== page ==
A ringing condemnation of all kinds of abuse from the beloved, 98-year-old prophet of The Church of Jesus Christ of Latter-day Saints kicked off a memorable first day of the faith’s 192nd Semiannual General Conference on Saturday.

Real talk followed about abuse, racism, disease, evil and other trials — and how the power and love of Jesus Christ can heal, comfort and shape those wounded by such pain.

President Russell M. Nelson, seated Saturday morning on the edge of a tall chair in what he said on social media was a small concession to age, roundly denounced abuse as grievous sin with no place in the gospel of Jesus Christ or the church.

“Abuse constitutes the influence of the adversary. It is a grievous sin,” he said. “As president of the church, I affirm the teachings of the Lord Jesus Christ on this issue.

“Let me be perfectly clear,” he continued. “Any kind of abuse of women, children or anyone is an abomination to the Lord. He grieves and I grieve whenever anyone is harmed. He mourns, and we all mourn, for each person who has fallen victim to abuse of any kind. Those who perpetrate these hideous acts are not only accountable to the laws of man, but will also face the wrath of God.”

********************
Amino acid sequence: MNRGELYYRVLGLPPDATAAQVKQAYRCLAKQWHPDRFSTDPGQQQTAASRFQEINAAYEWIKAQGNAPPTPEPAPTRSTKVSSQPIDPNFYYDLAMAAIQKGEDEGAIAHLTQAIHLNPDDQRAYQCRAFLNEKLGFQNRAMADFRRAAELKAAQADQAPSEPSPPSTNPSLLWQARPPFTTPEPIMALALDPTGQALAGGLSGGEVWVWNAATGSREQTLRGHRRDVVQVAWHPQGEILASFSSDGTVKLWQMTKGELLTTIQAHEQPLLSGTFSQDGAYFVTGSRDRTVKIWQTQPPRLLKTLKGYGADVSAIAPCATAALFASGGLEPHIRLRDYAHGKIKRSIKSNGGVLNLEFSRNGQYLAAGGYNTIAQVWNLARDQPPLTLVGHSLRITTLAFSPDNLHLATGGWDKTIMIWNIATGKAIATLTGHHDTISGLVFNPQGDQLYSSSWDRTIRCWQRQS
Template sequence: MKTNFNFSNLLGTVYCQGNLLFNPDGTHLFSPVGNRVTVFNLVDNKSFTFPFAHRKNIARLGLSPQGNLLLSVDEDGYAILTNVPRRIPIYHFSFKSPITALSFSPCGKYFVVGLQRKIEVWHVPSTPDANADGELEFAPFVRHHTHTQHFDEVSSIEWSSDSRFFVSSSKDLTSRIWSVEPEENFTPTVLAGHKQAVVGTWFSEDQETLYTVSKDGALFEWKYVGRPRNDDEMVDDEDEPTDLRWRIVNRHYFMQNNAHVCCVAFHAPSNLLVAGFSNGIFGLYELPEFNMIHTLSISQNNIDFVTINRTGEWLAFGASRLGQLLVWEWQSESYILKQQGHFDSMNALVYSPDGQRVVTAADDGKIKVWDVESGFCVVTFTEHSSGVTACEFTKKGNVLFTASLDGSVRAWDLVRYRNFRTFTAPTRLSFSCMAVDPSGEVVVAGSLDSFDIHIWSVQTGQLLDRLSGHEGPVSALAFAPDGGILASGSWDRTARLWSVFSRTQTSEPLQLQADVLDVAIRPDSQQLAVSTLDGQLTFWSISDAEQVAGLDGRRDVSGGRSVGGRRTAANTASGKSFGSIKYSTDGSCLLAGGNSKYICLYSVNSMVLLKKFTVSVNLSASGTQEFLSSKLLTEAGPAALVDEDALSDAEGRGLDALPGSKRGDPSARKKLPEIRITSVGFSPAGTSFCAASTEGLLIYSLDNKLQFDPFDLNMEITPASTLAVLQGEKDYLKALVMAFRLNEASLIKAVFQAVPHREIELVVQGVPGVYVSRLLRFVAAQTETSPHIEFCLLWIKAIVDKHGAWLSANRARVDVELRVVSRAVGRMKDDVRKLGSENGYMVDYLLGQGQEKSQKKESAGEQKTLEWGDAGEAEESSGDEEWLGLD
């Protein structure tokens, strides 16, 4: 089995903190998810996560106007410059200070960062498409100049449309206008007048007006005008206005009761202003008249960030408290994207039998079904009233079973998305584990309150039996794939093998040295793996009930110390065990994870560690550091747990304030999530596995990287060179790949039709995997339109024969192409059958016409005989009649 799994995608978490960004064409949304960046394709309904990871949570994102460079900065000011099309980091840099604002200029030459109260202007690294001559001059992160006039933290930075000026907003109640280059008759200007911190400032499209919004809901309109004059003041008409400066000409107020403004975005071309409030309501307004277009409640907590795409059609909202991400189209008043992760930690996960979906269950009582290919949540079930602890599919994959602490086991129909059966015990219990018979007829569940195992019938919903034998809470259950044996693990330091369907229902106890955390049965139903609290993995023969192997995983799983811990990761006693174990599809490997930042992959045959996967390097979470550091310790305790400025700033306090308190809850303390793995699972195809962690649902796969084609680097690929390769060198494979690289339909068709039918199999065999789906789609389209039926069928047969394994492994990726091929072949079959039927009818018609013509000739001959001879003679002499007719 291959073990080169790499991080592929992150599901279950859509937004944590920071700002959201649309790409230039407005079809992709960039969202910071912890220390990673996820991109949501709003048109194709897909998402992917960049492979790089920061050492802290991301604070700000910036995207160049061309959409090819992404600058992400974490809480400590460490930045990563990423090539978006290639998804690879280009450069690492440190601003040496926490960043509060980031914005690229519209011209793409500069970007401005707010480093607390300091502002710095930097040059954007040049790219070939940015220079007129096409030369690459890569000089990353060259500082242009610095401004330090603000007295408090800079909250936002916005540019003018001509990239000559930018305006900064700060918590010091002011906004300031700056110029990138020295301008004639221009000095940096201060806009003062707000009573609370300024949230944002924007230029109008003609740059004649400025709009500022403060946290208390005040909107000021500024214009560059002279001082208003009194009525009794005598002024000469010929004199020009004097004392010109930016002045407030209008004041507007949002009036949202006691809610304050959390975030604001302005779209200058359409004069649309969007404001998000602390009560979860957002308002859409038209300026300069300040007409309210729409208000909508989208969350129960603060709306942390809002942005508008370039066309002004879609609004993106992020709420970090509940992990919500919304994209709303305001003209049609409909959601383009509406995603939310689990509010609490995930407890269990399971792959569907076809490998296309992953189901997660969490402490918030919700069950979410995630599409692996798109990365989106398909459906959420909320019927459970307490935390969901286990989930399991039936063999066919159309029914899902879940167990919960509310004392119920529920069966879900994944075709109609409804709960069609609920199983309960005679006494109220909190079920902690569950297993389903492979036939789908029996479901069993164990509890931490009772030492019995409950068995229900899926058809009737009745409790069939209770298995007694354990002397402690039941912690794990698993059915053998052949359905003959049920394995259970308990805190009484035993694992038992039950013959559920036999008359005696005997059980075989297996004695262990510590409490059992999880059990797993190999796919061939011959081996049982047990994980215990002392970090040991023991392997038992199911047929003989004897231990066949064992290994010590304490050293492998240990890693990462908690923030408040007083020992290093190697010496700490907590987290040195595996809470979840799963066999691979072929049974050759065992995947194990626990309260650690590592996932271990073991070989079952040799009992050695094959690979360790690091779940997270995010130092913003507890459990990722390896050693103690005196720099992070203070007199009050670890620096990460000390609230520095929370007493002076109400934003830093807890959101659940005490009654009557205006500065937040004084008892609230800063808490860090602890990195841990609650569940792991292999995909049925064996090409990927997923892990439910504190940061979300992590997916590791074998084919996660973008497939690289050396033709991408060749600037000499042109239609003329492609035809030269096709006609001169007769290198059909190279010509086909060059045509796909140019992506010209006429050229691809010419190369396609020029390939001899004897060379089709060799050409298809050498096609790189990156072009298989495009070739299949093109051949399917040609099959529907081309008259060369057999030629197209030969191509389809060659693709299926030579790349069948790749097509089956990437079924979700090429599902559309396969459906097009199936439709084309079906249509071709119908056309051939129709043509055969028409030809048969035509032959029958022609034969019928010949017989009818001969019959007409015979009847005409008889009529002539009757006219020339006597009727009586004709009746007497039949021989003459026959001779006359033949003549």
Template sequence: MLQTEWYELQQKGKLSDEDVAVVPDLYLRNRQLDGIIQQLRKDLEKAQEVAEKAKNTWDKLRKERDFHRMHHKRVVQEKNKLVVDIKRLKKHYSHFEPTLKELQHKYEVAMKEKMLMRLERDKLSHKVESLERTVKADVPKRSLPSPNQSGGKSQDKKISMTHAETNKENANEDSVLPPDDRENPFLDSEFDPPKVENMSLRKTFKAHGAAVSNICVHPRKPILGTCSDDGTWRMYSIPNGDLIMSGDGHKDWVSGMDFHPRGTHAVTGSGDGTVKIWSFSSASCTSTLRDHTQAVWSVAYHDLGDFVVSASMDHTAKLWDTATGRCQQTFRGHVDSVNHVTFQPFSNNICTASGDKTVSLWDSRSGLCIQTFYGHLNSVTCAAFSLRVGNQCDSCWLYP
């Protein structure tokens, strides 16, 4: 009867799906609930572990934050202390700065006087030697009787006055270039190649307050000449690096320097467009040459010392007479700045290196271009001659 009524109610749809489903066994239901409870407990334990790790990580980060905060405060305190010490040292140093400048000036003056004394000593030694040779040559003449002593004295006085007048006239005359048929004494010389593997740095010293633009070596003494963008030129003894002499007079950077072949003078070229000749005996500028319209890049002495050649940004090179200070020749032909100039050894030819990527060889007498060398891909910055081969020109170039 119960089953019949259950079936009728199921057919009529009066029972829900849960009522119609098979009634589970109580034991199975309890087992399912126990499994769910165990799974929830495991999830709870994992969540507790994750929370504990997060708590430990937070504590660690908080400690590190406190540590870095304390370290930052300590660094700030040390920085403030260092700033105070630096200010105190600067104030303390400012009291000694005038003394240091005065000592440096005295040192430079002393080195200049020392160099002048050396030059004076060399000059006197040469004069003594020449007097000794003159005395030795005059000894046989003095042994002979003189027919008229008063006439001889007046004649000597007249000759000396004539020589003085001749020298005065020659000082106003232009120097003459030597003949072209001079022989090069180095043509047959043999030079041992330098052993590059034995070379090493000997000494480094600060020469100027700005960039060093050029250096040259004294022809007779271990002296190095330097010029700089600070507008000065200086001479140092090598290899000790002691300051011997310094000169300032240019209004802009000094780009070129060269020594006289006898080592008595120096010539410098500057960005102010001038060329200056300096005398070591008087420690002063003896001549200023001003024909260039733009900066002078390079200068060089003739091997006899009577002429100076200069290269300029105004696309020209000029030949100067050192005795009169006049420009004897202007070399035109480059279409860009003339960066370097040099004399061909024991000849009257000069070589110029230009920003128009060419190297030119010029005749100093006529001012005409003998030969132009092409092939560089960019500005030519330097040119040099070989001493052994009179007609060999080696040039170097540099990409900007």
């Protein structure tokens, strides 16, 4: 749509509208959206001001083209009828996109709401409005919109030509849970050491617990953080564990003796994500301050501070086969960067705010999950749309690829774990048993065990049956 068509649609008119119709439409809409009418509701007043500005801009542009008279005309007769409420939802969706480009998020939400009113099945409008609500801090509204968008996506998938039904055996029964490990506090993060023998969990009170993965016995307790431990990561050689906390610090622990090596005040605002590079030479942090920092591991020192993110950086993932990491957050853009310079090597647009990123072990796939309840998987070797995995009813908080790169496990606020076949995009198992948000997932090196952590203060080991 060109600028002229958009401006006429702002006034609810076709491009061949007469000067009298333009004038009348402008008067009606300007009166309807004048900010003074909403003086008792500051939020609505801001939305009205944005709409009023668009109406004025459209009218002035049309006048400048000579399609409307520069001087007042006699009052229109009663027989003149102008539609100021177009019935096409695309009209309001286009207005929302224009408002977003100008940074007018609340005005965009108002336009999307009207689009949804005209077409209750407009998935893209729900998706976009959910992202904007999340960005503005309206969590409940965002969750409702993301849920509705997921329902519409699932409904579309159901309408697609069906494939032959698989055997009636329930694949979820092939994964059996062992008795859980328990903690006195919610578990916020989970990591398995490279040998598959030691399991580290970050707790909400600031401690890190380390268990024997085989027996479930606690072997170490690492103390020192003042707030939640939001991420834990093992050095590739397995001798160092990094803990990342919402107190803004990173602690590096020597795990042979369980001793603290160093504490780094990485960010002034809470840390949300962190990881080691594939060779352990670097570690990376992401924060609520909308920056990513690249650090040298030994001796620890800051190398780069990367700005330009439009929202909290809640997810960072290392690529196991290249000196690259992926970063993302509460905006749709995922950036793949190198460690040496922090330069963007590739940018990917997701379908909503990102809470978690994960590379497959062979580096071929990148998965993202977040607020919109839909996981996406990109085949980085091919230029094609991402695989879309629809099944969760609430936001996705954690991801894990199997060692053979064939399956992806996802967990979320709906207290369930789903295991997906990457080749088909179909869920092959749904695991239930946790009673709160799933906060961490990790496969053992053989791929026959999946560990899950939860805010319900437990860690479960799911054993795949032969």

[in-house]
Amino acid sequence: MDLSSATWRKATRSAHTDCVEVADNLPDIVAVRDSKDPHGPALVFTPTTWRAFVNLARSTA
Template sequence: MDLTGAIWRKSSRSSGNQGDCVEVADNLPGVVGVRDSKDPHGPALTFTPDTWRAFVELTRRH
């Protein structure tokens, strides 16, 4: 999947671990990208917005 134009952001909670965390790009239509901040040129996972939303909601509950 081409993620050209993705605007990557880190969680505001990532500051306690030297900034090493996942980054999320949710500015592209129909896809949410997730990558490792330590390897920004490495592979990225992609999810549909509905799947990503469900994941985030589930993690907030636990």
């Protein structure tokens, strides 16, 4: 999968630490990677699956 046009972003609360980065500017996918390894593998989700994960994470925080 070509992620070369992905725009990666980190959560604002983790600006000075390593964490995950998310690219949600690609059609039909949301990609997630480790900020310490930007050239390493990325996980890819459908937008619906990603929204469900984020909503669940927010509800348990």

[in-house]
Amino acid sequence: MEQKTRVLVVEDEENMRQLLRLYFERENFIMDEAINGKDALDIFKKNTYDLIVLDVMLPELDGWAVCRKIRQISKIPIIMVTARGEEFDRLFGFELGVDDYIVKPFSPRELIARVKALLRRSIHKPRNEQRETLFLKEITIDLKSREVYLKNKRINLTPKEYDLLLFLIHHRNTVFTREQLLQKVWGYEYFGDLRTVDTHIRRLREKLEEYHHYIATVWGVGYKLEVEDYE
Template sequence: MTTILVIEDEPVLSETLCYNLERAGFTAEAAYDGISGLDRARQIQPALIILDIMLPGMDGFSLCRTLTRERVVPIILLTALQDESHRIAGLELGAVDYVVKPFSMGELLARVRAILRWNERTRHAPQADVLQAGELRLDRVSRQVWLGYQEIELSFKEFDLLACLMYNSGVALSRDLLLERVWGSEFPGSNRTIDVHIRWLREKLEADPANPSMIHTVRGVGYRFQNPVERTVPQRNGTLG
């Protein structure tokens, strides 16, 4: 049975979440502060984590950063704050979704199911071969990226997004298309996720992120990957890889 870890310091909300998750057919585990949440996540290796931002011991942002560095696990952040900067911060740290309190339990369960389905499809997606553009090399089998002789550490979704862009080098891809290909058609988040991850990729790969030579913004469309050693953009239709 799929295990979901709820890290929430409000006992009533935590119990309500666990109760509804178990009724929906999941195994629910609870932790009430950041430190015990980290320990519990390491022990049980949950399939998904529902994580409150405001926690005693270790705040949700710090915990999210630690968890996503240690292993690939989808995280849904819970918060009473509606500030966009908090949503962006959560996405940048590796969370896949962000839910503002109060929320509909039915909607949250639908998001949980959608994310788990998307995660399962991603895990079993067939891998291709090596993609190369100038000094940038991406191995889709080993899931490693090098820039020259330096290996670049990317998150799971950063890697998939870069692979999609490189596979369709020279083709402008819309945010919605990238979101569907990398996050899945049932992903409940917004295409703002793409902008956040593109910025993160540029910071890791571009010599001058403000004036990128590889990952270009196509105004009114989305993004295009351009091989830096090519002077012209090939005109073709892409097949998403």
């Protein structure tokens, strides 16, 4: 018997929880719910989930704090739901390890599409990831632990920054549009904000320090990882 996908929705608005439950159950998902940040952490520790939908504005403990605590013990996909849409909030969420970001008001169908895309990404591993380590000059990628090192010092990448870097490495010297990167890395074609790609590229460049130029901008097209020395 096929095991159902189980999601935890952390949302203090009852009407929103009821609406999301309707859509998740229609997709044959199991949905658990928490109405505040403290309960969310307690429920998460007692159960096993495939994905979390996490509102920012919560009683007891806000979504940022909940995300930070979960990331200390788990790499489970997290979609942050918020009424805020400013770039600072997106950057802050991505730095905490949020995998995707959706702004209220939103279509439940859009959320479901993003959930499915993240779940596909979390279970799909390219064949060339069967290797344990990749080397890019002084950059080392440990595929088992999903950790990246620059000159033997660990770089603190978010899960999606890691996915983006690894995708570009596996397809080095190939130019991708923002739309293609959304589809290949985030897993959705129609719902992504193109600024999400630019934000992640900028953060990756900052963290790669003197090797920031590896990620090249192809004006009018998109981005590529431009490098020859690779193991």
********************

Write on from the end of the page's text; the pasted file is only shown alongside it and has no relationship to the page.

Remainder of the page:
‘Any kind of abuse ... is an abomination,’ President Nelson says at Saturday morning session
Jesus Christ provides hope for healing, and all do belong in his church, leaders say on Saturday afternoon

The talk was his first since the Associated Press published a national story about sexual abuse committed by a late, former Latter-day Saint against his own children. The story questioned the church’s response to the crimes.

President Nelson described to a worldwide audience of millions the abuse prevention resources the church publishes on its website and called on members to act if they suspect abuse.

“For decades now, the church has taken extensive measures to protect — in particular — children from abuse. There are many aids on the church website,” he said. “I invite you to study them. These guidelines are in place to protect the innocent. I urge each of us to be alert to anyone who might be in danger of being abused and to act promptly to protect them. The Savior will not tolerate abuse, and as his disciples, neither can we.”

Jesus Christ provides balm, paths to recovery for present-day anguish

Other talks on Saturday covered a wide array of issues, from the equal roles of women and men in marriage to humanitarian giving, and from the release of a revised “For Strength of Youth” manual to environmental stewardship.

The church gathering’s opening day also will be remembered as the first time a Black woman spoke in a general conference and for the anguished story of another woman leader’s childhood abuse at the hands of her father.

With his permission, Sister Kristin M. Yee, second counselor in the Relief Society general presidency, shared her painful experience of being verbally and emotionally abused by him as a girl. She said building anger and resentment gave her a warring heart.